These data are retrospective rather than from prospective trials, and it is possible that longer treatment duration may be a surrogate for the presence of unfavorable tumor or patient characteristics. Nevertheless, in general, RT should be completed within 56 days, if at all possible. From a biologic standpoint, it is likely that similar considerations apply to patients undergoing chemoradiotherapy, as well.
Is there a role for hysterectomy after chemoradiotherapy? — Many of these bulky tumors extend laterally beyond the tumoricidal isodose curve of the brachytherapy application; further, they may contain hypoxic central areas, which do not respond well to RT. These observations provide the rationale for some to recommend an extrafascial hysterectomy following chemoradiotherapy, since approximately one-half of these specimens harbor residual disease, even if concomitant chemotherapy is administered [12,13].
While many studies find that pelvic recurrence rates are lower than expected (2 to 5 versus 15 to 20 percent) in women who have postradiotherapy hysterectomy, its impact on extrapelvic recurrence and survival is less well established [14-18]. The only randomized study comparing RT with and without extrafascial hysterectomy in 256 women with bulky IB disease showed a lower local recurrence rate in the surgery arm (15 versus 27 percent), but the difference was not statistically significant [18]. Unfortunately, the study was hampered by the delivery of suboptimal doses in the RT alone arm (87 percent received 78 to 80 Gy) with 51 percent receiving RT over a protracted treatment period (>60 days). Furthermore, concurrent chemotherapy was not administered. Despite the difference in local disease control, survival was similar in both groups.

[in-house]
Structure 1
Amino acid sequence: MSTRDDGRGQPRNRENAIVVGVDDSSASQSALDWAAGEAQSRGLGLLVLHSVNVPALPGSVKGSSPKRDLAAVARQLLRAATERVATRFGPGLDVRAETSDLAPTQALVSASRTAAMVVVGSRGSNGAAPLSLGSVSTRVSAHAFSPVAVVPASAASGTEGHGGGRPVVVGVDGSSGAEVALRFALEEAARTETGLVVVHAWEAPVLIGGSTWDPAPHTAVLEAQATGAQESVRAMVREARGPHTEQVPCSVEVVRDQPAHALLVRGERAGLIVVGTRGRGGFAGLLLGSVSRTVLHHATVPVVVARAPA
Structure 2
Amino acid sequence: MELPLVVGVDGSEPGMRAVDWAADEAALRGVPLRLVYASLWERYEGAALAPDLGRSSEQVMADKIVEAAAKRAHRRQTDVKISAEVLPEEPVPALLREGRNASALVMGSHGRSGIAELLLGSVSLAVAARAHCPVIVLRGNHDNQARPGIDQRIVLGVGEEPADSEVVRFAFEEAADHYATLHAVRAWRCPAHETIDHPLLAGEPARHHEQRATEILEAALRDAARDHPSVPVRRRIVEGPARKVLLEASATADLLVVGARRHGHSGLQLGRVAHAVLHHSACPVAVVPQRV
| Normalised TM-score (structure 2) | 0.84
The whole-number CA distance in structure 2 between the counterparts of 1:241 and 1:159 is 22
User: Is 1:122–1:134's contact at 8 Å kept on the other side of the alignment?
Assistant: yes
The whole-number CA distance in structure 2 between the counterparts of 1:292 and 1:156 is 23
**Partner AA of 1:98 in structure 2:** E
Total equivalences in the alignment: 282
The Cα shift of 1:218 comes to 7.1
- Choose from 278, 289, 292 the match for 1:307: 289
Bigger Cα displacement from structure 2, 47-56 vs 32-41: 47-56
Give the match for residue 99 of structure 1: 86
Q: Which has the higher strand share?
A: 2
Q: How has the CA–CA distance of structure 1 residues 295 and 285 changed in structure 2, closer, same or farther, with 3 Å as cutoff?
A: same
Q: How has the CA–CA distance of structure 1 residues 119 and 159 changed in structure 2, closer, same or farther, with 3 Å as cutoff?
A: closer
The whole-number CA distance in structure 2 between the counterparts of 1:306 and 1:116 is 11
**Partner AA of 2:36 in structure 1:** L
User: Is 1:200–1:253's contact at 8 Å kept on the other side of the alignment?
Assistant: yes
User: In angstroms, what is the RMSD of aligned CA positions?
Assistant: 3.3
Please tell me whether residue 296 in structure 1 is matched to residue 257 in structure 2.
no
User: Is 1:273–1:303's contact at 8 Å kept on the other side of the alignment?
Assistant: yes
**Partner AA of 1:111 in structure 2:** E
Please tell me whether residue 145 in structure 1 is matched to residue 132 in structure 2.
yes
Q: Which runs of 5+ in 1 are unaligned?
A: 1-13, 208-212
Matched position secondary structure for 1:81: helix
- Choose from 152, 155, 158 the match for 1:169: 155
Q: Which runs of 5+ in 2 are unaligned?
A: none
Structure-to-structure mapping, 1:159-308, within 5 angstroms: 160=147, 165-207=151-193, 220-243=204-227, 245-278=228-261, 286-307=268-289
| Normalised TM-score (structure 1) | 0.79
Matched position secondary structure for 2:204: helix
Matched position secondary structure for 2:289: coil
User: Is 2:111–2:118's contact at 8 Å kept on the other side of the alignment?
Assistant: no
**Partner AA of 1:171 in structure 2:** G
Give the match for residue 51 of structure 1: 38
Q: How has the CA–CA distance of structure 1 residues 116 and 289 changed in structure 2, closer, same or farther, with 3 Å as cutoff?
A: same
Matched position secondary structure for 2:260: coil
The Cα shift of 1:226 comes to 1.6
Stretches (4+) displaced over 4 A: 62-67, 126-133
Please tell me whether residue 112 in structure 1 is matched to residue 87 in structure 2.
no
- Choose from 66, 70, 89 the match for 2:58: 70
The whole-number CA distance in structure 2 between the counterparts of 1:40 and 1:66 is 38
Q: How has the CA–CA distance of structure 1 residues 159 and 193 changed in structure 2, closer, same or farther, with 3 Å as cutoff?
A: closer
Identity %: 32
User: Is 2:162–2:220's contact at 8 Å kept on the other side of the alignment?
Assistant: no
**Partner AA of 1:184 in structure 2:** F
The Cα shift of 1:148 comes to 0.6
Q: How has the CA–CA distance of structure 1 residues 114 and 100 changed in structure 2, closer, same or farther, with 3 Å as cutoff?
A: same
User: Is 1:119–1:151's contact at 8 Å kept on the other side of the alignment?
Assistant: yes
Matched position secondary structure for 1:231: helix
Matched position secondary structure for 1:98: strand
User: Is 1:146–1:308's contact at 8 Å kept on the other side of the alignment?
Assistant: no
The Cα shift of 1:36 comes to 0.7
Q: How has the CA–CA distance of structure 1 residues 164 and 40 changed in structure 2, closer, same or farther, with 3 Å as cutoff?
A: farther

It has been suggested that the presence of residual local disease on cervical biopsies performed under anesthesia 8 to 10 weeks after the completion of chemoradiotherapy may serve to identify those women who may benefit from hysterectomy [19]. Of the 21 women found to have positive biopsies, 13 were selected for salvage hysterectomy, of whom 5 achieved long-term complete remission. In contrast, all eight patients who were not selected for salvage surgery because of nonresectable disease or patient refusal died of progressive disease. This approach requires validation in controlled trials before it can be adopted as a method to select patients for hysterectomy.
Summary — When definitive RT is chosen as primary therapy for bulky cervical cancer, cisplatin-based chemoradiotherapy rather than RT alone is indicated. Every effort should be made to complete the RT within 56 days. There is no consensus as to the indications for postchemoradiotherapy hysterectomy. Some clinicians (including one of the authors [CH]) recommend this approach if the tumor size is 8 cm, if there has been a poor response to RT, or if there is concern that the cancer is involving the noncervical portion of the uterus.
Neoadjuvant chemotherapy followed by surgery — Cervical SCC is a chemosensitive malignancy, particularly when cisplatin-containing regimens are used. Numerous nonrandomized studies suggest that neoadjuvant chemotherapy might improve the resectability of bulky lesions, and possibly, long-term survival [20-30].